14 days after the invite to join the RTM Co is sent out to all qualifying Leaseholders, a Notice of Claim may be served on the Landlord. The Notice of Claim does not need to include any statement of the reasons why the Leaseholders want to exercise the Right to Manage, or prove that the Landlord is have been in anyway at fault in the way the building has been managed.
From the date upon which the Notice of Claim is served on the Landlord, they have a one month period in which to issue a Counter Notice. The Landlord has two options at the Counter Notice stage:
- Agree to transfer management functions to the RTM Co
- State reasons why theLeaseholders do not have the Right to Manage
If the Landlord agrees then management functions are transferred to the RTM Co on the date which the Leaseholders have decided to enter on their Notice of Claim. This date must be at least 4 months after the date the Notice of Claim was served on the Landlord.
If the Landlord disagrees then the Leaseholders have two months from the date of the Counter Notice in which to apply to a First Tier Tribunal for a decision on their eligibility to exercise the Right to Manage.
Exercising the Right to Manage is a complex process for Leaseholders and they are likely to need professional help and to raise substantial funds from the Leaseholders willing to participate. The first problem is that the process to acquire the Right to Manage is complicated; Landlords can (and often do) dispute the Leaseholder’s entitlement to the Right to Manage on the basis that the process has not been followed correctly. The second issue is that the management of a building itself can be very complex. The RTM Co must comply with a range of regulations governing Service Charges, Health and Safety, Employment law and numerous other matters, in addition to managing the provision of services and maintaining the building. For larger buildings and developments it is normal for an RTM Co to employ the services of a professional managing agent.
Chapter 1 of the Leasehold Reform, Housing and Urban Development Act 1993 gives Leaseholders the right, acting together, to purchase the freehold of the building where they lease a property (this is known as ‘collective enfranchisement’).
In order for Leaseholders to be eligible, the ‘premises’ (this means the property for which the freehold is to be purchased) must:
1. Be a self-contained building or part of a building.
2. Contains two or more flat held by ‘qualifying tenants’ (a qualifying tenant is someone who holds a lease of 21 years or longer).
3. Have no less than two-thirds of the total number of flats held by qualifying tenants.
The right to collective enfranchisement does not apply to certain properties including:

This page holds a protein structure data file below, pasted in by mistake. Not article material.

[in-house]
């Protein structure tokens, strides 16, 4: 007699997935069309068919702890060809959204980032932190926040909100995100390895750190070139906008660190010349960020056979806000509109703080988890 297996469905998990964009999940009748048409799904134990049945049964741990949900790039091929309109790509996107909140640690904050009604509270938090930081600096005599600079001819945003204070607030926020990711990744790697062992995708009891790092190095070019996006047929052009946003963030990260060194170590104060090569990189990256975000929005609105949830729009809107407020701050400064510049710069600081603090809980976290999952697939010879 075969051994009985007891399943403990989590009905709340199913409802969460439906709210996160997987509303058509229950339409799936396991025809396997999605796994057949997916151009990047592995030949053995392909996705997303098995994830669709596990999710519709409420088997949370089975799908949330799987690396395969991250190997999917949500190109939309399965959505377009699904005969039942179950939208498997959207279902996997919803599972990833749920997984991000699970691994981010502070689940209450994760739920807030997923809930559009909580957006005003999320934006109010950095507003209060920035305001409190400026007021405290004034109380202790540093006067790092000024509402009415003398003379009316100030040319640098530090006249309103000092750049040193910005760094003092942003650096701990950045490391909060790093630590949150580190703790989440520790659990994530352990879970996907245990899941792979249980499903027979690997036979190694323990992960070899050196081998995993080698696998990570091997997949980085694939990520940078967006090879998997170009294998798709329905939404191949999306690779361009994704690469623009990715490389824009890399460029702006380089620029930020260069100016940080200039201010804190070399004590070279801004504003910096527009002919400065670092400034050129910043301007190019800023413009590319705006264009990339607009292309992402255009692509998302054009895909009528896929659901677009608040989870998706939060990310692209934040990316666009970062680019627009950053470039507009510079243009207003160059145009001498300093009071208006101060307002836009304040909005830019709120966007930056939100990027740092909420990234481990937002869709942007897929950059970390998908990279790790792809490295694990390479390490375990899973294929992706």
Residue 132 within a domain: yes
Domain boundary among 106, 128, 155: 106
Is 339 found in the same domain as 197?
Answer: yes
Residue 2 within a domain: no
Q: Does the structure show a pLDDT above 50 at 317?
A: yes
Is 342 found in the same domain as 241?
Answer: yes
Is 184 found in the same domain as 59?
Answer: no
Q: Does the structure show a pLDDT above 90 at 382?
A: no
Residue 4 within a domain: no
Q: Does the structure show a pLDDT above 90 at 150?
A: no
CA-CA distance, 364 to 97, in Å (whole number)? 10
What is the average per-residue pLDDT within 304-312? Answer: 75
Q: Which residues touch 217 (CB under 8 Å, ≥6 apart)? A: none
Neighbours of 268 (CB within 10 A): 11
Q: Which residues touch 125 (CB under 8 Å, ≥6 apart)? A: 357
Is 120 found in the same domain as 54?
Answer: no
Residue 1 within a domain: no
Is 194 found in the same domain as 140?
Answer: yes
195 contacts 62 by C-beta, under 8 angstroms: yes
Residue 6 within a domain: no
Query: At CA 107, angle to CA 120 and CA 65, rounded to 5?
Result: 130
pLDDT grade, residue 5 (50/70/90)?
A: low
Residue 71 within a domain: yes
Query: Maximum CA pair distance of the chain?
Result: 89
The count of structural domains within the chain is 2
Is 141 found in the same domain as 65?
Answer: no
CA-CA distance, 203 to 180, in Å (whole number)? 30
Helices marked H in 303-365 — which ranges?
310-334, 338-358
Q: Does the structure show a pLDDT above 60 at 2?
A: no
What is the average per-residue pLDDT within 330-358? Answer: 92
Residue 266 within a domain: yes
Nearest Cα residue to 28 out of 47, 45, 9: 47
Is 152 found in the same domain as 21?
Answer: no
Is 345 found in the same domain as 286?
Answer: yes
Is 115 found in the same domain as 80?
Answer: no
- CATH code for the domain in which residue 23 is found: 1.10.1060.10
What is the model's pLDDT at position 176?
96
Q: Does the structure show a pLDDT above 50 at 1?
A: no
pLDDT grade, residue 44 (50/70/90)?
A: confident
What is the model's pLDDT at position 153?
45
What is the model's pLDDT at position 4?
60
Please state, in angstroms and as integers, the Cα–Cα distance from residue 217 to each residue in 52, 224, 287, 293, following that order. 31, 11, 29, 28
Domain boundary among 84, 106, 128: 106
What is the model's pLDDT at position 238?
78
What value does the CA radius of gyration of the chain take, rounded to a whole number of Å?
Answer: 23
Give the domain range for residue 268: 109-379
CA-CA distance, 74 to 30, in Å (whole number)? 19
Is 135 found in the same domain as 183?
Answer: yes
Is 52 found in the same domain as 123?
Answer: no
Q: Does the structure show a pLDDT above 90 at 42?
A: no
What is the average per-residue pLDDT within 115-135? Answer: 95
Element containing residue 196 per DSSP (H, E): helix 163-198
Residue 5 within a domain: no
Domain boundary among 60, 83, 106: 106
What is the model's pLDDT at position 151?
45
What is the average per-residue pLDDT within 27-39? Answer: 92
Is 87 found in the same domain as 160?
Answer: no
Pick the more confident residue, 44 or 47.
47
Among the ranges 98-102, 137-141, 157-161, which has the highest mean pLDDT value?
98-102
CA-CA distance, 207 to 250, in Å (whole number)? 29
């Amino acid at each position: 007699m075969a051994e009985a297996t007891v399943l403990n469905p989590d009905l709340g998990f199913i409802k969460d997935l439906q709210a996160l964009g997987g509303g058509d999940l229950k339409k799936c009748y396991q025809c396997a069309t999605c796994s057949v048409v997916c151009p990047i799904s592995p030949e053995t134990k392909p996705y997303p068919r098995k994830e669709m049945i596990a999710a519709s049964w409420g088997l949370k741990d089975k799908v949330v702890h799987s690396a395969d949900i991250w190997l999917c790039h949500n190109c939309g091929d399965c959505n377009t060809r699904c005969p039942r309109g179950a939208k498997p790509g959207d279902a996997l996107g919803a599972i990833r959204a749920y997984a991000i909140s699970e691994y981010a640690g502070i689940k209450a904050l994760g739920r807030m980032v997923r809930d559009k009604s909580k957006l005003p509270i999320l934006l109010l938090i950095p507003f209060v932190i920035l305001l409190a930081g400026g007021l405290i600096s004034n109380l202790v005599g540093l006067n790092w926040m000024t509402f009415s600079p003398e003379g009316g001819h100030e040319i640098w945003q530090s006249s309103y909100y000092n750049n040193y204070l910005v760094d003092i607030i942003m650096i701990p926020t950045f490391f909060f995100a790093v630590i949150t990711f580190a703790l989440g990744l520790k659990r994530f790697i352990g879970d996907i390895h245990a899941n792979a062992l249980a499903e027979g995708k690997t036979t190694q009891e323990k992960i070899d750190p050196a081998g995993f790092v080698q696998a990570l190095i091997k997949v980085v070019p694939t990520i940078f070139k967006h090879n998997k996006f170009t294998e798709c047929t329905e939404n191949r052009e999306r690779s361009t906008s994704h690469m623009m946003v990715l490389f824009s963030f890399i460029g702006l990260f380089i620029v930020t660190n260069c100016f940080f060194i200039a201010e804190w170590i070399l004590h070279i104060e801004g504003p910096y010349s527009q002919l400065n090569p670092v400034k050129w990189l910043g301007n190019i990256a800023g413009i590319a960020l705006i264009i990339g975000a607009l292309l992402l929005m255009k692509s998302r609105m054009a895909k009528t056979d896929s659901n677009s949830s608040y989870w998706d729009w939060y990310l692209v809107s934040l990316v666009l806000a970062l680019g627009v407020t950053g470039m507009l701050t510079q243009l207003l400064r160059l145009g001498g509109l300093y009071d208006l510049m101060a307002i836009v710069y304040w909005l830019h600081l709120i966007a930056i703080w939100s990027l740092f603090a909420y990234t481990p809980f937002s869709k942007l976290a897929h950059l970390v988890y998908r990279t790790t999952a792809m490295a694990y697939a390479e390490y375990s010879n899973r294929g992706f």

- Those where the Landlord is a charitable trust.
- Buildings where more than 25% of the total floor area is used for non-residential purposes such as shops, office or educational facilities.
Leaseholders cannot exercise the right to Collective Enfranchisement individually. The number of participating Leaseholders must be equal to at least half the total number of flats in the building. Once there is the minimum number of participating Leaseholders involved, there is no requirement for the particpating Leaseholders to invite other non-participating Leaseholder to join in with the pruchase of the Freehold.
The first step in the process of purchasing the Freehold through Collective Enfranchisement is for the participating Leaseholders to serve an Initial Notice. This Initial Notice is a complicated document which must contain the right information. It is normal for Leaseholder to hire two or more professional advisers to assist in the process of preparing the Initial Notice:
- Surveyor: To advise on the price which should be paid for the Freehold title, and to advise on the future running costs of the building.
- Solicitor: To prepare the notice, and start up a Right to Collective Enfranchisement (RTE) company.
As part of the Initial Notice a purchaser must be nominated. This could be a person or a trust, or a company. Typically, the nominated purchaser is an RTE company, which is a company set up and owned by the Leaseholders participating in the proposed purchase of the Freehold.
As soon as the Initial Notice is served on the Freeholder the process starts and the participating Leaseholders become liable for the Freeholders costs, even if the purchase is never completed. On receipt of the Initial Notice the Freeholder must serve a Counter Notice within the time limit stated on the Initial Notice, which must be at least 2 months.
The Freeholder has three options in what reply to make in their Counter Notice:
1. Accept the claim, and either agree to the offer price in the Initial Notice or suggest a different price.
2. Deny the claim, and state reasons why.
3. State that they will be applying for a Court Order that the right to collective Enfranchisement does not apply on the grounds that the Freeholder intends to redevelop the property.
In the event that an agreement cannot be reached between Freeholder and Leaseholders within 2 months of the date of the Counter Notice, either side may apply to the First Tier Tribunal for a decision on whether the right to Collective Enfranchisement applies and the terms of purchase.
If the Landlord does not issue a Counter Notice, then at any point in the 6 month period after the date when the Counter Notice became due the Leaseholders may apply for a Court Order for sale of the Freehold property at the price indicated in the Initial Notice.